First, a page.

Iain Cox observed: “The Government acknowledges that missing lessons has an impact on attainment at key stages, but at the same time is proposing the requirement for automatic sprinkler protection be removed from its BB100 design guide for most new school buildings. The impact of school fires such as this one and the disruption that they cause can worsen students’ results. The Government’s own statistics affirm this.”
The blaze in Wiltshire comes less than a year after three primary school fires in Derbyshire that, to date, have resulted in rebuild costs totalling £27 million (encompassing Fire and Rescue Service costs along with the need for temporary accommodation and alternative travel). None of these schools were sprinkler protected. Installing such fire suppression measures is estimated to cost between 2% and 3% of total build costs. “It’s a small price to pay to save a vital community building,” suggested Cox, “and protect continuing education and achievement levels for pupils.”
Missing the point
Continuing the core theme, Cox noted: “Often, people miss the point that fires don’t have to damage an entire school to cause disruption. It’s all about educational space. The loss of two classrooms at the Woodborough Church of England Primary School cannot simply be made up by using alternative space. There just isn’t enough capacity within the school.”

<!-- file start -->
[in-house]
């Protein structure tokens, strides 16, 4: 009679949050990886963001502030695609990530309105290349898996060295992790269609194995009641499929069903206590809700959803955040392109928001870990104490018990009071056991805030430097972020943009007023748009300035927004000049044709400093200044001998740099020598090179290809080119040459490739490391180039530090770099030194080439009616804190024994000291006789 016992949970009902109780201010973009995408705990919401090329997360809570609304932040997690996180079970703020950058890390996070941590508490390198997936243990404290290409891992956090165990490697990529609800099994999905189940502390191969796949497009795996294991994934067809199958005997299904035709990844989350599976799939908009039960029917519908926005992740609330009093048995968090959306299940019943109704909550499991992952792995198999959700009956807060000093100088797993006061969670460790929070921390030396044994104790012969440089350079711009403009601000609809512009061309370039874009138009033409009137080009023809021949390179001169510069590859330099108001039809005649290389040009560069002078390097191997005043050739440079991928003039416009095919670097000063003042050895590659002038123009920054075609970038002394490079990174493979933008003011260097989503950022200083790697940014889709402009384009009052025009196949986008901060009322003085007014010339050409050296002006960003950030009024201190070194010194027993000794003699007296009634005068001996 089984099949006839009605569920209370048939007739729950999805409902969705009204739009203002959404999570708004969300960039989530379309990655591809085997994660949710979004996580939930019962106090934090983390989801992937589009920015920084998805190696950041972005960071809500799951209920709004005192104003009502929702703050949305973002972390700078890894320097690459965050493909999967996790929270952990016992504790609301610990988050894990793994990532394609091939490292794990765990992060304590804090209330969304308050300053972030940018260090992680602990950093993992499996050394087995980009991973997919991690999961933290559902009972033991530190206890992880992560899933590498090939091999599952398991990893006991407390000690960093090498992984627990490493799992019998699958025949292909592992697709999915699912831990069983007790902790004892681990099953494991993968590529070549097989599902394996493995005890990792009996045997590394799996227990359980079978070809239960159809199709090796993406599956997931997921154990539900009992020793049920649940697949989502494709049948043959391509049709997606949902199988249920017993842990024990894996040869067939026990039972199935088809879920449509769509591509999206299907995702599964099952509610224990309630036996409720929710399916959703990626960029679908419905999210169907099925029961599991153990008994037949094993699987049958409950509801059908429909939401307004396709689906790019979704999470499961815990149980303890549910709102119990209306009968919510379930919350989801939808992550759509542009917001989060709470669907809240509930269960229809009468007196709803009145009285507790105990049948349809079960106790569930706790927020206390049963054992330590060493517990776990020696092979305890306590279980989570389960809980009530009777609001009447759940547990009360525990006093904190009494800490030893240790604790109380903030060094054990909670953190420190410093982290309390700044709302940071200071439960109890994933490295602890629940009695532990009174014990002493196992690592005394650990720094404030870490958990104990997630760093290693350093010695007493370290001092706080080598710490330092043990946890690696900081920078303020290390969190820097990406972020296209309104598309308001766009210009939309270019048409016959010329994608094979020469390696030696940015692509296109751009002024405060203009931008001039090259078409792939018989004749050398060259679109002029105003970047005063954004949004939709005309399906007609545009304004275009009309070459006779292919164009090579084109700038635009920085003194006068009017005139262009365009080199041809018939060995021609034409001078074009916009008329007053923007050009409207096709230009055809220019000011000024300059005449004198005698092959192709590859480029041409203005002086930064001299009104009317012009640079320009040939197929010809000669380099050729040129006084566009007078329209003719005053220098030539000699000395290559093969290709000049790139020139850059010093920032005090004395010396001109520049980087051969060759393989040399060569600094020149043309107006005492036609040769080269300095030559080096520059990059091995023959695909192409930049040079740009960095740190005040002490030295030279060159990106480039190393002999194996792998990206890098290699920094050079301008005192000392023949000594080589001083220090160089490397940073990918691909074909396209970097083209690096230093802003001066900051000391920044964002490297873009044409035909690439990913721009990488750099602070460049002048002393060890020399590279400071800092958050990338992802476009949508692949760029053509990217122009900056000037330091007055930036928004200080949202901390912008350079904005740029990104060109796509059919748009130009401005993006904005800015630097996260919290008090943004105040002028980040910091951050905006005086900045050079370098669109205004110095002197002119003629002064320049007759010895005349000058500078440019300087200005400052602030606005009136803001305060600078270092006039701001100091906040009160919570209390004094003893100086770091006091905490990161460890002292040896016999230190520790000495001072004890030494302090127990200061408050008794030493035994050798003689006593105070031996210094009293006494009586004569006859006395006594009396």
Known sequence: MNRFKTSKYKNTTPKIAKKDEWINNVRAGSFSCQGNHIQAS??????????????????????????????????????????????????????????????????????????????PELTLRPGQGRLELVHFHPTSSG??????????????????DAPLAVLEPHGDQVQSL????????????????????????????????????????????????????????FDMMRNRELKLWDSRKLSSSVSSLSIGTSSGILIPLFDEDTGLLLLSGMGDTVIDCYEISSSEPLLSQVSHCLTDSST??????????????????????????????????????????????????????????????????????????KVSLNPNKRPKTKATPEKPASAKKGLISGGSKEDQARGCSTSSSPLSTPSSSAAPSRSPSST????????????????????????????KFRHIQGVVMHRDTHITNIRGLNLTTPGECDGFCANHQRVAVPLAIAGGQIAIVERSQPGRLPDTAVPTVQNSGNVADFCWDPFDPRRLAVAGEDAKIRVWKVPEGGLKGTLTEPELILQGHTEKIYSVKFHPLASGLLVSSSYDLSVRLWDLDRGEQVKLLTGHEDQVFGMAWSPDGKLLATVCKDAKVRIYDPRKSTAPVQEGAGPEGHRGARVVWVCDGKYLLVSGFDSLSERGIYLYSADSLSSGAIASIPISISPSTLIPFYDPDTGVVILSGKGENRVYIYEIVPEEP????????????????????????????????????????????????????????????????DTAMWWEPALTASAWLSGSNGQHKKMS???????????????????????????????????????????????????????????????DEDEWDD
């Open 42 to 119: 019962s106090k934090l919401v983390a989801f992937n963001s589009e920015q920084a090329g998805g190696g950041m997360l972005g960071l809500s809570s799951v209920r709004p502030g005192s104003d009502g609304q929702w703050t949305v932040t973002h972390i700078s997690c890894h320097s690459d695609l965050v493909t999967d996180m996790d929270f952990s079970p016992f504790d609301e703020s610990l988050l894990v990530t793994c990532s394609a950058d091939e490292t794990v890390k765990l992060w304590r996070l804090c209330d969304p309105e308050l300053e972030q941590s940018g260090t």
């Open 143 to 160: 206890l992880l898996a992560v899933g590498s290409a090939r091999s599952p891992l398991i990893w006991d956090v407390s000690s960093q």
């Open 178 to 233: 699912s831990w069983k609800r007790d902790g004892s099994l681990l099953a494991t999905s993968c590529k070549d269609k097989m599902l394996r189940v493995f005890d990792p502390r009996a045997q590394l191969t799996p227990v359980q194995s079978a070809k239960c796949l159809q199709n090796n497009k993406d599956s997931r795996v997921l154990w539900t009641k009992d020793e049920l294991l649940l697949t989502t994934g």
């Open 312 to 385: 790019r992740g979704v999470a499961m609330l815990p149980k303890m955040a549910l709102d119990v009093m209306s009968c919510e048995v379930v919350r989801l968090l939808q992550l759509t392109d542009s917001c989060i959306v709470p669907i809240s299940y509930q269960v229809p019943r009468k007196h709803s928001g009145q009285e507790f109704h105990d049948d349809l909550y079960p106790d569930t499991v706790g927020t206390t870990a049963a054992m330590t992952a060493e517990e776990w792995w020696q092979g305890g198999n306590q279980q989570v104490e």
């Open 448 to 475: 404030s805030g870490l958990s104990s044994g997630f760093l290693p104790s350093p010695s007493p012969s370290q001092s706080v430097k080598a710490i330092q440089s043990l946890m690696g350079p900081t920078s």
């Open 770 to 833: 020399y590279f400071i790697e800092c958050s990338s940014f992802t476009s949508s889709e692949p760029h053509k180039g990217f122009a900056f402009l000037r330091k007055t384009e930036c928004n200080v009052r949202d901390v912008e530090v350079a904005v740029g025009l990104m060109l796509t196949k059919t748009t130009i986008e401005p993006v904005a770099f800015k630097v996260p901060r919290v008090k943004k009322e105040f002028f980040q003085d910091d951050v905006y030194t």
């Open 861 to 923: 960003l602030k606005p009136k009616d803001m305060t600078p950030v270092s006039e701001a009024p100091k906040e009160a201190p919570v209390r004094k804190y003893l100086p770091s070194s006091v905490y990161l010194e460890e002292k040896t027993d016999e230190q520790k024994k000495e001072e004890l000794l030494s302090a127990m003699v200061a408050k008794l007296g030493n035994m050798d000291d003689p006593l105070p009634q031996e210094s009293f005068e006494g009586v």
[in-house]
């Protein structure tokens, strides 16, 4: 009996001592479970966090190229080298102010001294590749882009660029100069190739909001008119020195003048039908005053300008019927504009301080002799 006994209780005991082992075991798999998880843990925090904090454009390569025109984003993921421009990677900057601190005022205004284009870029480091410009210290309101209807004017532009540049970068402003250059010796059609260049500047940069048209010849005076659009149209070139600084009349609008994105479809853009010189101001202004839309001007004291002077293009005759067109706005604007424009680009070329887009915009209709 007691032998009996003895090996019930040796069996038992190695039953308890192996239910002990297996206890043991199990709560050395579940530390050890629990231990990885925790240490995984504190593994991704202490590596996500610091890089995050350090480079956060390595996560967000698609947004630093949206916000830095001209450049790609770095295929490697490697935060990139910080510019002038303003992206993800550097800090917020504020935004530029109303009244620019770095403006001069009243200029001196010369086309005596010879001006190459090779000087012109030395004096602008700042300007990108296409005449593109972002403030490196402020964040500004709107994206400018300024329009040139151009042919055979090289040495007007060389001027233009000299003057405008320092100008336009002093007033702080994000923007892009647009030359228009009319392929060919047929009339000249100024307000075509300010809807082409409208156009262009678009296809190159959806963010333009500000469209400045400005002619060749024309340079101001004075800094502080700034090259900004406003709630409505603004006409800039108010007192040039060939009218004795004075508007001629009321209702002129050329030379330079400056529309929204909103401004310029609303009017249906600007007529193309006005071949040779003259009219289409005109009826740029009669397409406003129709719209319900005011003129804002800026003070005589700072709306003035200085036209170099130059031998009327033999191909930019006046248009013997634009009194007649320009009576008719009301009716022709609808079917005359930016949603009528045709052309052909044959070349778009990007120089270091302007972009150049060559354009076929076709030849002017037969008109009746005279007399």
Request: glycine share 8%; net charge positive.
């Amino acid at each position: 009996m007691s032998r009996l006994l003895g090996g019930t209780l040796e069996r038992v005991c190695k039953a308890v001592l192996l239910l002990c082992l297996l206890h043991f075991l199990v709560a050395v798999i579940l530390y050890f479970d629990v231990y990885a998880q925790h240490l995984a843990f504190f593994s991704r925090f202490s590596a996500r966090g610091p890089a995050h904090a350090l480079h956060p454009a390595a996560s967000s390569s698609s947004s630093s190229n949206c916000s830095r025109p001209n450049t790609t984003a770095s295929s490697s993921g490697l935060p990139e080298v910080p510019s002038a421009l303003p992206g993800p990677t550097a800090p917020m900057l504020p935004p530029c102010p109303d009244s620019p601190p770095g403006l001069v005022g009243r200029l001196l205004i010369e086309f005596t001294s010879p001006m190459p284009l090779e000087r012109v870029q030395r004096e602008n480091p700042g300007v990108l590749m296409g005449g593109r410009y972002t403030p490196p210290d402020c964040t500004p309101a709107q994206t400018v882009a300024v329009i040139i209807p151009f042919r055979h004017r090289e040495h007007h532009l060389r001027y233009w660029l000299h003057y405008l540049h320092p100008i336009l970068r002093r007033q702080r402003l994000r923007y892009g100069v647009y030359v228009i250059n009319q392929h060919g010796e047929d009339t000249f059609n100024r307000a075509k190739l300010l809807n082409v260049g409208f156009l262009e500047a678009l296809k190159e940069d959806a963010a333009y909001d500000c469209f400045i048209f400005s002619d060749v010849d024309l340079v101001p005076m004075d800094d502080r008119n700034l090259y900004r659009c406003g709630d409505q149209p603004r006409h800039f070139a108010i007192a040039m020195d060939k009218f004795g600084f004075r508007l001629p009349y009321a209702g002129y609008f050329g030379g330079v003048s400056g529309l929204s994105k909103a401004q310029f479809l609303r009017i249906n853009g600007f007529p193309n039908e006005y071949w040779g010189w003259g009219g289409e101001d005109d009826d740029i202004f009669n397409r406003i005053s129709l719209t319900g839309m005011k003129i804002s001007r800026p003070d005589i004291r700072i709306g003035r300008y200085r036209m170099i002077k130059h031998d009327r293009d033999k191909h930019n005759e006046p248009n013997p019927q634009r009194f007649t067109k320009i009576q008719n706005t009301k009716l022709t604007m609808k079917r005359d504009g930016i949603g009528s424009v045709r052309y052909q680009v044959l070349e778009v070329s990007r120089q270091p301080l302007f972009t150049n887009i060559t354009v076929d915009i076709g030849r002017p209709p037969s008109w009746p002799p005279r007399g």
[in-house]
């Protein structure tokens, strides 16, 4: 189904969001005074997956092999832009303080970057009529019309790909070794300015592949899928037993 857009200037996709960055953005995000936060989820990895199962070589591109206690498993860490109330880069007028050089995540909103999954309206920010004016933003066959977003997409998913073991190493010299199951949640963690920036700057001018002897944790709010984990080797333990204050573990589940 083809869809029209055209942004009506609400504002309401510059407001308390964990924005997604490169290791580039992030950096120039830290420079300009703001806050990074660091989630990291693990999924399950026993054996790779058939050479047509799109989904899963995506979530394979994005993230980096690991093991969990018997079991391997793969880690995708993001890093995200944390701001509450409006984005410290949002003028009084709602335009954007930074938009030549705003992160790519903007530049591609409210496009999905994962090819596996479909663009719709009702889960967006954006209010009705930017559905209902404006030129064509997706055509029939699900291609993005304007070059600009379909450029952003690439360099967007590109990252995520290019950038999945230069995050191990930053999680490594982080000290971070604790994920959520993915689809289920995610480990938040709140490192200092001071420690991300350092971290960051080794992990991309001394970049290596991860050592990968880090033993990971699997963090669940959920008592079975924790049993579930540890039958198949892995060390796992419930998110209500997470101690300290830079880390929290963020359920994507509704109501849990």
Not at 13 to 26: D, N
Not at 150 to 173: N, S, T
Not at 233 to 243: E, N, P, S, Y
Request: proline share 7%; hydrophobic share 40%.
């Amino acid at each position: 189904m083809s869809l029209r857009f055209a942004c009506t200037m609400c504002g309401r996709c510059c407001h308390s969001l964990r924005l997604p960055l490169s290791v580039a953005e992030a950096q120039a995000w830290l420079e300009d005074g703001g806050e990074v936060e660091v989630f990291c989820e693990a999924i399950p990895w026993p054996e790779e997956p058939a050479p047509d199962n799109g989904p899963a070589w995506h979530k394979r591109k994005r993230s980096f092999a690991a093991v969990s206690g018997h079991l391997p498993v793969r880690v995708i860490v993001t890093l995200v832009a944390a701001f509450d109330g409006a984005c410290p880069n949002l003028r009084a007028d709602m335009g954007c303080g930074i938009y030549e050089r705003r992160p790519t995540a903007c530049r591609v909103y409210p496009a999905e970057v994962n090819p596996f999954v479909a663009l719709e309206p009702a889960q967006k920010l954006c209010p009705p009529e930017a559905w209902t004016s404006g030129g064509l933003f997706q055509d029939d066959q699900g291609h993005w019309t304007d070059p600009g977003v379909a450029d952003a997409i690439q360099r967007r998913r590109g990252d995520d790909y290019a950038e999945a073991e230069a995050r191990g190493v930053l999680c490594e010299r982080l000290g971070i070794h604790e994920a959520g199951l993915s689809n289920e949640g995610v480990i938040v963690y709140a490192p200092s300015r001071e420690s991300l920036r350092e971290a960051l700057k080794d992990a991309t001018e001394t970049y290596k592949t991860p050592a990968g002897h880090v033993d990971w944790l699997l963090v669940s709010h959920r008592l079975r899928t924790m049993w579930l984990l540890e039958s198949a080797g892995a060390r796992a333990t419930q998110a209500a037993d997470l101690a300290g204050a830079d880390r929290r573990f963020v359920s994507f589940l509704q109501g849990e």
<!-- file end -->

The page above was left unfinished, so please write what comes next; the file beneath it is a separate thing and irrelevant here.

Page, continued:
The damage to the remainder of the school from such a significant fire means that it will remain out of action for a prolonged period of time. “Some may assume that schools are designed to withstand the risks to which they will be exposed whether through fire, flood or theft, etc,” urged Cox. “Too often, though, buildings will be conceived without due consideration as to the impact of those risks during their lifespan.”
According to a 2020 research study conducted by Zurich Municipal, the education sector insurer for 50% of schools and universities across the UK, schools in England have been hit by 2,300 fires in the past five years alone. The business estimates that 390,000 teaching hours could be lost in the next 12 months as a result of large fires, causing disruption for 28,000 children.
Cox concluded: “When you consider the huge costs associated with school fires such as rebuilding, temporary relocation, the loss of equipment and the impact on attainment when it comes to pupils’ academic work, why are we not learning the lessons from these fires and continuing to build schools without key resilience measures such as sprinkler systems being installed?”
The Business Sprinkler Alliance